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Poetry Reading: 2023 Golden Rose Award with Gail Mazur

June 9 @ 3:00 pm - 4:00 pm

 |  FREE

Details

Date:
June 9
Time:
3:00 pm - 4:00 pm
Cost:
FREE
Event Category:
Website:
https://www.nps.gov/planyourvisit/event-details.htm?id=72DB15F2-AD1D-BE86-4EDCB735A46A547B

Venue

Longfellow House-Washington’s Headquarters National Historic Site
105 Brattle Street
Cambridge, MA 02138 United States
Phone:
617-876-4491
Website:
www.nps.gov/long
About

The Longfellow Summer Arts Festival brings music, poetry, and community to the East Lawn of the Longfellow House on Sunday afternoons through the summer. All events are free and open to the public.

In the case of inclement weather, poetry readings will be moved indoors. Concerts will be canceled or rescheduled.

The series is made possible with support from the Friends of Longfellow House-Washington’s HeadquartersNew England Poetry Club, and the Berklee College of Music.

Born in Cambridge, Massachusetts, Gail Mazur grew up in Auburndale, MA. Since the 1960s she has lived primarily in Cambridge and Provincetown, with periods in New York City, Houston and Los Angeles. In 1973, she founded the Blacksmith House Poetry Series in Harvard Square which became, with its weekly readings, a center of poetry life, bringing national and international writers to read in a lively informal atmosphere.

As an activist with her late husband, the artist Michael Mazur and others Massachusetts writers and artists, she co-founded, in 1968, Artists Against Racism and the War, and later they were activists for a Nuclear Freeze. Blacksmith House presented benefit readings for, among other issues, the fight for AIDS research.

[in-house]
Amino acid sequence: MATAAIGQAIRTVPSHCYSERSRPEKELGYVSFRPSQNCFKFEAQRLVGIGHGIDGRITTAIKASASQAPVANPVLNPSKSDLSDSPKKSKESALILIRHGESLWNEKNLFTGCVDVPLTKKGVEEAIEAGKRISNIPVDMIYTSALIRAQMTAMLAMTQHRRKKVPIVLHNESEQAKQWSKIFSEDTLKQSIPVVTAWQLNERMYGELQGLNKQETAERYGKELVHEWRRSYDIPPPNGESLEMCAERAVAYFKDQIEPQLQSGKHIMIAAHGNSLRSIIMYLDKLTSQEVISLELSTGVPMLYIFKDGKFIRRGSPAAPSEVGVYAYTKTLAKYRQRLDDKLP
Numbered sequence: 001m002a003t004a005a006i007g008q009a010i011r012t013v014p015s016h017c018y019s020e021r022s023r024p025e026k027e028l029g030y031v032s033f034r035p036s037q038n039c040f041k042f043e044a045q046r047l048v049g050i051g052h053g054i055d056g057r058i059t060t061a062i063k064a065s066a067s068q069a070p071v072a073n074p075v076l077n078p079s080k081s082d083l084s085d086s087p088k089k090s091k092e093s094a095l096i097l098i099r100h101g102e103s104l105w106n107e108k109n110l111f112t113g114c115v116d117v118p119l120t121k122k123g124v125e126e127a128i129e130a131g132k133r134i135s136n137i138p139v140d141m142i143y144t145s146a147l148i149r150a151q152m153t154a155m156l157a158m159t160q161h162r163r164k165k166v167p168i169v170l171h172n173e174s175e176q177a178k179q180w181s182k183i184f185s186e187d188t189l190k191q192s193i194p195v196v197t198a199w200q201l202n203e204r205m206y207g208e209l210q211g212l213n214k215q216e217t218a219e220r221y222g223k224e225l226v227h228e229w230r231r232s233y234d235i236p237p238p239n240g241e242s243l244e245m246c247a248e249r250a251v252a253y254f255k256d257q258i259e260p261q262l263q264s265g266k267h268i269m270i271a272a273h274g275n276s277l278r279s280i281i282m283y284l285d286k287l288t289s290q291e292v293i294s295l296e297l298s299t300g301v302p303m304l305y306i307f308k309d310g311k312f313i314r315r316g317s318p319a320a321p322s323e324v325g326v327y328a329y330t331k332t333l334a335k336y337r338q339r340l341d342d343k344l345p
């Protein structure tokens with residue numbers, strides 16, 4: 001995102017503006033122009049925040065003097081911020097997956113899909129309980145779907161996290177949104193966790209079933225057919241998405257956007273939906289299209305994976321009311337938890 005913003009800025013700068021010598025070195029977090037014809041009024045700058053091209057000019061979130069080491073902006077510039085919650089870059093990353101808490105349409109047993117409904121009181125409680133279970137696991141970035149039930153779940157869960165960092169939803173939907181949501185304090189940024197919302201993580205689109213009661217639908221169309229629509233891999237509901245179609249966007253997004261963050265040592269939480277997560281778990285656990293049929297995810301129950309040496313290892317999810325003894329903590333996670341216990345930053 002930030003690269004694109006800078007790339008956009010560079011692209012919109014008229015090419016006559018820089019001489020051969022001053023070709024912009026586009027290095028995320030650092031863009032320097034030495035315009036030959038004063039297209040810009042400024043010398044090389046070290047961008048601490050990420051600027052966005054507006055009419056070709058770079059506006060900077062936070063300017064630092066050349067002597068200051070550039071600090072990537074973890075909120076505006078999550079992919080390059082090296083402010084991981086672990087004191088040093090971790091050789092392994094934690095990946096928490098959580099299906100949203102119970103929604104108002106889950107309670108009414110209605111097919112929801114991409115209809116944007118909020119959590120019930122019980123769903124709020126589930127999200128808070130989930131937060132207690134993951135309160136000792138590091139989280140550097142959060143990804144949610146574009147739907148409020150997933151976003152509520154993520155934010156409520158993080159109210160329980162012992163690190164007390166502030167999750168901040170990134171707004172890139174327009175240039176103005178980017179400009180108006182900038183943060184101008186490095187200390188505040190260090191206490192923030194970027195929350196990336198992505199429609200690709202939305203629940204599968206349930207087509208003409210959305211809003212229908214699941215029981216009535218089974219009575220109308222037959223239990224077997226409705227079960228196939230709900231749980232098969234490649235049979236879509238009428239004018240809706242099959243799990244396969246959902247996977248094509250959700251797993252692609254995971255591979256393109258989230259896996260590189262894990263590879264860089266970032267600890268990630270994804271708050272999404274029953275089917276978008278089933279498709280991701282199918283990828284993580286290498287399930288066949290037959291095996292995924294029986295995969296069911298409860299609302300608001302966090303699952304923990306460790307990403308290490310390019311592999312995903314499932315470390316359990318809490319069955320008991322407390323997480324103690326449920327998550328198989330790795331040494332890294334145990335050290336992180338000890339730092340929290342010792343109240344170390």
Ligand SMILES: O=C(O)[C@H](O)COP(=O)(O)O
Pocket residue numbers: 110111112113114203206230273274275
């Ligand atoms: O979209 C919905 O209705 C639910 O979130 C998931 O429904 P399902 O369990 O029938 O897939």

Her first collection, Nightfire (David Godine Publishers) was published in 1978, followed by The Pose of Happiness (Godine, 1986), The Common (University of Chicago , 1995); They Can’t Take That Away from Me (Chicago, 2001) finalist for the National Book Award; Zeppo’s First Wife: New and Selected Poems (Chicago, 2005), winner of The Massachusetts Book Prize and finalist for the Los Angeles Times Book Prize and the Paterson Poetry Prize; Figures in a Landscape (2011); and Forbidden City (Chicago, 2016). Her poems have been widely anthologized, including in several Pushcart Prize Anthologies, the Best American Poetry, Robert Pinsky’s Essential Pleasures. A graduate of Smith College, she has received fellowships from the National Endowment for the Arts, the Bunting Institute of Radcliffe College, and the Radcliffe Institute. She was for 20 years Distinguished Senior Writer in Residence in Emerson College’s graduate program and now teaches in Boston University’s MFA Program in Creative Writing and at the Fine Arts Work Center in Provincetown where she has served for many years on the Writing Committee.